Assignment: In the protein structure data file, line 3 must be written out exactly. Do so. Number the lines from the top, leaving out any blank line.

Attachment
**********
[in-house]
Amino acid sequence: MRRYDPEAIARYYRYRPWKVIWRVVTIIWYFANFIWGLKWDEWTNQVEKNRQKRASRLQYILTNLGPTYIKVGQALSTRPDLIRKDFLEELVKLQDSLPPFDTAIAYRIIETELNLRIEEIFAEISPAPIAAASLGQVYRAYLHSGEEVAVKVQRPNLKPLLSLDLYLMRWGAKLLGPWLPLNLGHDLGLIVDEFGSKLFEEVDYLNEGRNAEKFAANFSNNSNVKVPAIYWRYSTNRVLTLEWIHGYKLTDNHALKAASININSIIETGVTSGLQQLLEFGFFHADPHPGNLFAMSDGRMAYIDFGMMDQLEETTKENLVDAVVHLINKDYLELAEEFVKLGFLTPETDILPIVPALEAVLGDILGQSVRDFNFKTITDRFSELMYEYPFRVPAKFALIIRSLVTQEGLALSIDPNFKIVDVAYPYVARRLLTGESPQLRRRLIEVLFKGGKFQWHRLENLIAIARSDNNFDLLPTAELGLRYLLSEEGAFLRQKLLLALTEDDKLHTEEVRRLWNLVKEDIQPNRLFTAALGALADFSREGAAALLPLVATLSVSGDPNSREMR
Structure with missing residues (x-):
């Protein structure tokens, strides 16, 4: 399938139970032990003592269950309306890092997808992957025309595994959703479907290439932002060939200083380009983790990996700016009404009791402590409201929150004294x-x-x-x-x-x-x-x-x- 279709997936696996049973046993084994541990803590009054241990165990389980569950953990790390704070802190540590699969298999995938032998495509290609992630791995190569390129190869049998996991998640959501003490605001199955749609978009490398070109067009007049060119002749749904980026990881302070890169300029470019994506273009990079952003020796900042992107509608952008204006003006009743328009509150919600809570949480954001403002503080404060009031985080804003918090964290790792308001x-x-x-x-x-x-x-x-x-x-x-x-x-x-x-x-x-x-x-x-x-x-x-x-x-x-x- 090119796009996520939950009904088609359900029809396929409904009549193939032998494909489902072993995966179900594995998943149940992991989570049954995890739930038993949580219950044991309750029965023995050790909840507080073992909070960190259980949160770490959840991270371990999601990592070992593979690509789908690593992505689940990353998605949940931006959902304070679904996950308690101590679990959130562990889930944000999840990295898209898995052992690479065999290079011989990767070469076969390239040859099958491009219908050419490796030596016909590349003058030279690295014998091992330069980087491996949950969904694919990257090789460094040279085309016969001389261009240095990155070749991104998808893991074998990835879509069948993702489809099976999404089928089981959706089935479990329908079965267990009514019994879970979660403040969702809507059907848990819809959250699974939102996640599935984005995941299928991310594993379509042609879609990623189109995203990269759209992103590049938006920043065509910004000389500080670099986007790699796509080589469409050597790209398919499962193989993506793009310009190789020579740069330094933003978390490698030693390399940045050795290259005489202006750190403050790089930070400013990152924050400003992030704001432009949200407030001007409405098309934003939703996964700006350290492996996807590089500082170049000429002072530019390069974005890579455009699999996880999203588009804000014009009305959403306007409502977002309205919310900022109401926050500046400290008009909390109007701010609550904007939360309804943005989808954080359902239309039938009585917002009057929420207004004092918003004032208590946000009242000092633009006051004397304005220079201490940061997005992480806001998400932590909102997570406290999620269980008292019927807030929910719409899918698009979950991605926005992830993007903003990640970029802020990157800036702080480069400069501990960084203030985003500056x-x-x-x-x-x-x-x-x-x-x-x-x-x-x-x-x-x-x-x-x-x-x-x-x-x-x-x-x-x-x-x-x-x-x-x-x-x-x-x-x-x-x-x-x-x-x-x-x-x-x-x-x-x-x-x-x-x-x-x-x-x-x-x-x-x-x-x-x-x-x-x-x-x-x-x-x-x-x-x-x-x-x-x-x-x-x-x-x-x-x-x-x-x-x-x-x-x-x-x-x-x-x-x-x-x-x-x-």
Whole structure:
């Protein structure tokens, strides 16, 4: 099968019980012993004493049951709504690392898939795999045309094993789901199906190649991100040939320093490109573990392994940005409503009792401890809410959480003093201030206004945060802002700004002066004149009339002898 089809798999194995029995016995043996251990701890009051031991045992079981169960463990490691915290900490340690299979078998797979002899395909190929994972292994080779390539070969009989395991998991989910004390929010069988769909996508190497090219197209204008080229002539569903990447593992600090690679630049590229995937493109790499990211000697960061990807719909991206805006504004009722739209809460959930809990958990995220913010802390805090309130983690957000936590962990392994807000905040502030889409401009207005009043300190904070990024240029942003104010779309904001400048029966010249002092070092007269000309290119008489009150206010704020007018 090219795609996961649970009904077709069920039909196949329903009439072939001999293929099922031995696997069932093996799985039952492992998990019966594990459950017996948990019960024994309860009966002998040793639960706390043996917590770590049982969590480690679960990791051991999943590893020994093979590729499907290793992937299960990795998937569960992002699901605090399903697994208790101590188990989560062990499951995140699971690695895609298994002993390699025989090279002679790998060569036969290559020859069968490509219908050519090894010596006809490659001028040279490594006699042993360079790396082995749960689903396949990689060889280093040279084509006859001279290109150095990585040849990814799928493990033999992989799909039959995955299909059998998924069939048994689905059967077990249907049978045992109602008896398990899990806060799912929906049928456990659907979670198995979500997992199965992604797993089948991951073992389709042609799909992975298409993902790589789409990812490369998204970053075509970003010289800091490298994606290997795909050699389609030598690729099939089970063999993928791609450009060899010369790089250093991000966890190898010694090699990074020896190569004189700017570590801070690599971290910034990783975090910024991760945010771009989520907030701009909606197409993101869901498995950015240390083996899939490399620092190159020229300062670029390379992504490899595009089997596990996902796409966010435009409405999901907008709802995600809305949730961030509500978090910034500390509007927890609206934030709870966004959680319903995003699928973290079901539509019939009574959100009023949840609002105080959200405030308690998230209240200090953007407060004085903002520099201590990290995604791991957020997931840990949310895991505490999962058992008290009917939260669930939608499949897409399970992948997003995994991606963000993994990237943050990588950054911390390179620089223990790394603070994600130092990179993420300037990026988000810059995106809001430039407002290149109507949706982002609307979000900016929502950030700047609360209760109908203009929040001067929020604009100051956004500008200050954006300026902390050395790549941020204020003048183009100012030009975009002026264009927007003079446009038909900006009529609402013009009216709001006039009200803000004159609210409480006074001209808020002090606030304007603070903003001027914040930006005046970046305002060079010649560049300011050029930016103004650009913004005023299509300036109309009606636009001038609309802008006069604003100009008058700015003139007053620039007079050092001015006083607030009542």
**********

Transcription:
Structure with missing residues (x-):